The coordinated performance of all these above operators is manifested in the Cardiac-Output, which provides the amount of blood per beat, at the right pressure wave.
In case of heart failure, the entire flow system is disturbed. Such disturbance is manifested by an inadequate Cardiac Output and damming of blood behind the defective heart chambers.
Depending on the kind, rate of development, and severity of the heart failure, a whole set of compensating mechanisms is activated in the vascular system by its control system, reallocating and affecting pressures, directing the reduced flow to the various organs, bringing the whole vascular system to a new balance point. This new balance point is in accordance with the central control system, operating the heart's controls as well.
However, in acute heart failure (such as acute myocardial infarction, AMI) a reduction in cardiac output and acute damming of blood behind the affected ventricles occurs. This effect might be too big to be regulated by those compensatory mechanisms and thus be fatal.
If all conventional therapeutic treatments of the heart failure mechanical support of the heart and circulation is required, and more specifically, Ventricular Assistance.
This form of sustained life assist might either be temporary or permanent.
A temporary heart assist system can, for example, be applied to patients who cannot be resuscitated (such as at AMI, or the end of an open heart operation) while recovery of the ventricular function is anticipated. If this does not happen, the device serves as a "bridge to transplantation" until a donor heart will be available.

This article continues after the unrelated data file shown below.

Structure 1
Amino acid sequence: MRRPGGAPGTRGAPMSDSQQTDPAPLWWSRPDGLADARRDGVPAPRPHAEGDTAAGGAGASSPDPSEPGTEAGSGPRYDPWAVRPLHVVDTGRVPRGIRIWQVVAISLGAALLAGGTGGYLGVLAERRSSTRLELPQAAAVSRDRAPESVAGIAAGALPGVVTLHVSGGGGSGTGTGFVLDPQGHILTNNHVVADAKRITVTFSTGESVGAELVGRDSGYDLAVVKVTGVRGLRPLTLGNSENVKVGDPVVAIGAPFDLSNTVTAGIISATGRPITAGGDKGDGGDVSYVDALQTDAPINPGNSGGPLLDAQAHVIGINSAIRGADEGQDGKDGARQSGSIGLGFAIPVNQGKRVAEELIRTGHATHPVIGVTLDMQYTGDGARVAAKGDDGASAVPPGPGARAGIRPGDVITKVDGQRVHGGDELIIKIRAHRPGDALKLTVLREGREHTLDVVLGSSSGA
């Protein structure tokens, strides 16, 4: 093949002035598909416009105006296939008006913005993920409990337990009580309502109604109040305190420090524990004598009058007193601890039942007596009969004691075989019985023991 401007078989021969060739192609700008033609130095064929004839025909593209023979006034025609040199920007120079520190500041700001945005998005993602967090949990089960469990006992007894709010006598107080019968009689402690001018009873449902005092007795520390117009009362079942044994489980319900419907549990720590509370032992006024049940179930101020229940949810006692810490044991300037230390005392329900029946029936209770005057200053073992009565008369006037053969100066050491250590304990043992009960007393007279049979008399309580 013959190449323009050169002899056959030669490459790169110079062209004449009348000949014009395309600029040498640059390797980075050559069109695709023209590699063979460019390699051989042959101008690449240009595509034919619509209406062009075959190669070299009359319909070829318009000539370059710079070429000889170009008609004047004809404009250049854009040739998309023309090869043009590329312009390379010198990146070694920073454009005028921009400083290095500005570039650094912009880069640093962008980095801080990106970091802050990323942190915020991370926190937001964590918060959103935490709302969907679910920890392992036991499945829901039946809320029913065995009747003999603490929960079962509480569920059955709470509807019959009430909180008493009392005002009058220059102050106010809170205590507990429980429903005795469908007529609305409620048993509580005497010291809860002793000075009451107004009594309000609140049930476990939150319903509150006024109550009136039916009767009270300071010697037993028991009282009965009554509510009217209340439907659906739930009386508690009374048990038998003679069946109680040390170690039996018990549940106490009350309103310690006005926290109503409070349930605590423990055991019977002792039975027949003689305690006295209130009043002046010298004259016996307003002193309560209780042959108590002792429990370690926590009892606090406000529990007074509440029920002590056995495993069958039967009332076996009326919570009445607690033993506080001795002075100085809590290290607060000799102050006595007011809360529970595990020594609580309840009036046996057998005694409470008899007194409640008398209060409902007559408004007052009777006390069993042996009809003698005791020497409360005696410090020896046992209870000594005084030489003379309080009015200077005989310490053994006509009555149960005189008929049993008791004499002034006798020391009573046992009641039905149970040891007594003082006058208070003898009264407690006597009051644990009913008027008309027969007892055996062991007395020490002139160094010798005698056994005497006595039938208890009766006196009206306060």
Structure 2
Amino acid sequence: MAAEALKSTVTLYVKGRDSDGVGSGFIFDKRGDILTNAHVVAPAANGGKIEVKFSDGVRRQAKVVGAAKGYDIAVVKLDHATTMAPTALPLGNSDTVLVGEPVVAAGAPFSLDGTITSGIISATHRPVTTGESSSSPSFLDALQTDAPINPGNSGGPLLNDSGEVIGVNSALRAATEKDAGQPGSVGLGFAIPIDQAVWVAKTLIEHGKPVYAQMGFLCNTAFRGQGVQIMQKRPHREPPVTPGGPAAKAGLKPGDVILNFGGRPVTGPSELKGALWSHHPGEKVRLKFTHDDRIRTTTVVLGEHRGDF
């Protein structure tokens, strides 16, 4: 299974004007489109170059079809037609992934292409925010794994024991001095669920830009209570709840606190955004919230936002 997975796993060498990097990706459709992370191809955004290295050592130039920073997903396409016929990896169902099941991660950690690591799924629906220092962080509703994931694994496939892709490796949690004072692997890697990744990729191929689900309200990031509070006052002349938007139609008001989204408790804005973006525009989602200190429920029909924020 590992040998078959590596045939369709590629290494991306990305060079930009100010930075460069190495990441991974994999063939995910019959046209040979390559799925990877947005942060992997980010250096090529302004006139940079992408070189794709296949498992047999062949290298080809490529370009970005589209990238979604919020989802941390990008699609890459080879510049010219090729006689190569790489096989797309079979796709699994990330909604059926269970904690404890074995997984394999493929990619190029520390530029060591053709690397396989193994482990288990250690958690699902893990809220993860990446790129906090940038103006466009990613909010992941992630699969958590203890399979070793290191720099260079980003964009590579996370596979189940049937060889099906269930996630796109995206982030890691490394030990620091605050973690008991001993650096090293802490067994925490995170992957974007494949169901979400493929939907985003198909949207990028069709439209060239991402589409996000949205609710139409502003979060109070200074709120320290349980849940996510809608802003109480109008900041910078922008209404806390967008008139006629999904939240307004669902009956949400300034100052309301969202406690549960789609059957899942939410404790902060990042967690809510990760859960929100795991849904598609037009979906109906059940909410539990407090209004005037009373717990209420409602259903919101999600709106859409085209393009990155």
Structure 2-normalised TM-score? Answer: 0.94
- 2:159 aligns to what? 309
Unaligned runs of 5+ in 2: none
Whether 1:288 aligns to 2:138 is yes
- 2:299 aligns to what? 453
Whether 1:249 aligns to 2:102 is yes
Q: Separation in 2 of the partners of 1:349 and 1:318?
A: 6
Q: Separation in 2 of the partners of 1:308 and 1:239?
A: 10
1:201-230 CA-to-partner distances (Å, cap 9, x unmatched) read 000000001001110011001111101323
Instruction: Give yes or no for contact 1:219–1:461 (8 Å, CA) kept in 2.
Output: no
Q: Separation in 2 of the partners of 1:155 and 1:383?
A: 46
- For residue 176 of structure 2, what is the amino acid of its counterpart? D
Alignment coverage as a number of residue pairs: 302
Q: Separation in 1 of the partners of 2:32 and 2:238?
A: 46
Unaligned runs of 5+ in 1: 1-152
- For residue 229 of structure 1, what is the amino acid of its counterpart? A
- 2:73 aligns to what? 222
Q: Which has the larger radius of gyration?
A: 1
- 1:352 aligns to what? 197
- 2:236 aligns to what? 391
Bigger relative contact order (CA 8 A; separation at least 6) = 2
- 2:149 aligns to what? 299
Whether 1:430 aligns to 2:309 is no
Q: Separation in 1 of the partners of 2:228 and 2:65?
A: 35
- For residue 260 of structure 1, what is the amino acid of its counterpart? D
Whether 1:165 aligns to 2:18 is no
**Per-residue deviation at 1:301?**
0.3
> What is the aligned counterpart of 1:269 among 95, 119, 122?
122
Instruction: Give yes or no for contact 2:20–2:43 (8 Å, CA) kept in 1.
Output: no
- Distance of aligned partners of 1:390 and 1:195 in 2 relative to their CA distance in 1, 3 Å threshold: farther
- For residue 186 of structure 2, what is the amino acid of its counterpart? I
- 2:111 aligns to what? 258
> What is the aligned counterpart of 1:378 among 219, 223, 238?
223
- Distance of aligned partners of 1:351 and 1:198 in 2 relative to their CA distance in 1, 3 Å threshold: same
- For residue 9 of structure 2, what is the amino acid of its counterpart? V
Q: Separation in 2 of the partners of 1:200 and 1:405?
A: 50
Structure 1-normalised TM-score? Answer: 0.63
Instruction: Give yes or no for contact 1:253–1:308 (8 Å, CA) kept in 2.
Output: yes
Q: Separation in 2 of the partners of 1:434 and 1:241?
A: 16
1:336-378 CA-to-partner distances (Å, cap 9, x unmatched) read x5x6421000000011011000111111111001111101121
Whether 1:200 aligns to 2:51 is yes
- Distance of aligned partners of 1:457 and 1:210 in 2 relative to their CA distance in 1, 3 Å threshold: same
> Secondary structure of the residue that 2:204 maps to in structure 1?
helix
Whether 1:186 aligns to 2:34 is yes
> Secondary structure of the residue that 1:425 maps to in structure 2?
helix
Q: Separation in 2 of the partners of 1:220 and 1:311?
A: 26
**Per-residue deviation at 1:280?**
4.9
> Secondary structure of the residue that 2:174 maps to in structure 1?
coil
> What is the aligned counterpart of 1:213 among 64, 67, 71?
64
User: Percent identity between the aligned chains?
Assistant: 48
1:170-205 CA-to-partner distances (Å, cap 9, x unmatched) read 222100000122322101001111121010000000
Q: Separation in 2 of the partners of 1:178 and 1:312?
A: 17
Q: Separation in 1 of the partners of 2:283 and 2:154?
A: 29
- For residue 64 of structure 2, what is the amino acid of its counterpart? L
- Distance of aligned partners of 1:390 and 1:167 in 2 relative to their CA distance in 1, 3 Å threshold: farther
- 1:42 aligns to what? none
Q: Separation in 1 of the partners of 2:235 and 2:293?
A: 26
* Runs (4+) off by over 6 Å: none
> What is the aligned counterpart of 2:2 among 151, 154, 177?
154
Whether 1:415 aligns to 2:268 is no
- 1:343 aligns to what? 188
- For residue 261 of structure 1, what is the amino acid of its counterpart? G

The permanent ventricular assistance should be applied to patients who sustain permanent damage, where recovery is not anticipated, and the patient is not a candidate for heart transplantation, for any reason.
The basic principle of a mechanical assist device is the unloading of the defective ventricle of accumulated blood, and pumping it back into the circulation shunting the defective heart.
Evaluation of the data concerning the various models of heart Assist Systems (HAS) show their main drawback to be the discrepancy between the control systems of the body and that of the assist system. See Unger, Assisted Circulation 2, Springer-Verlag 1984 pp 391.
All devices, although providing blood to sustain the perfusion, operate in an independently controlled mode, (in spite of various physiological triggerings) not coordinated with the body's own controls. They lack the capacity to respond to the continuously changing requirements imposed by the body on the heart via pathways, including the central nervous system (CNS), thus leading to the above mentioned discrepancies.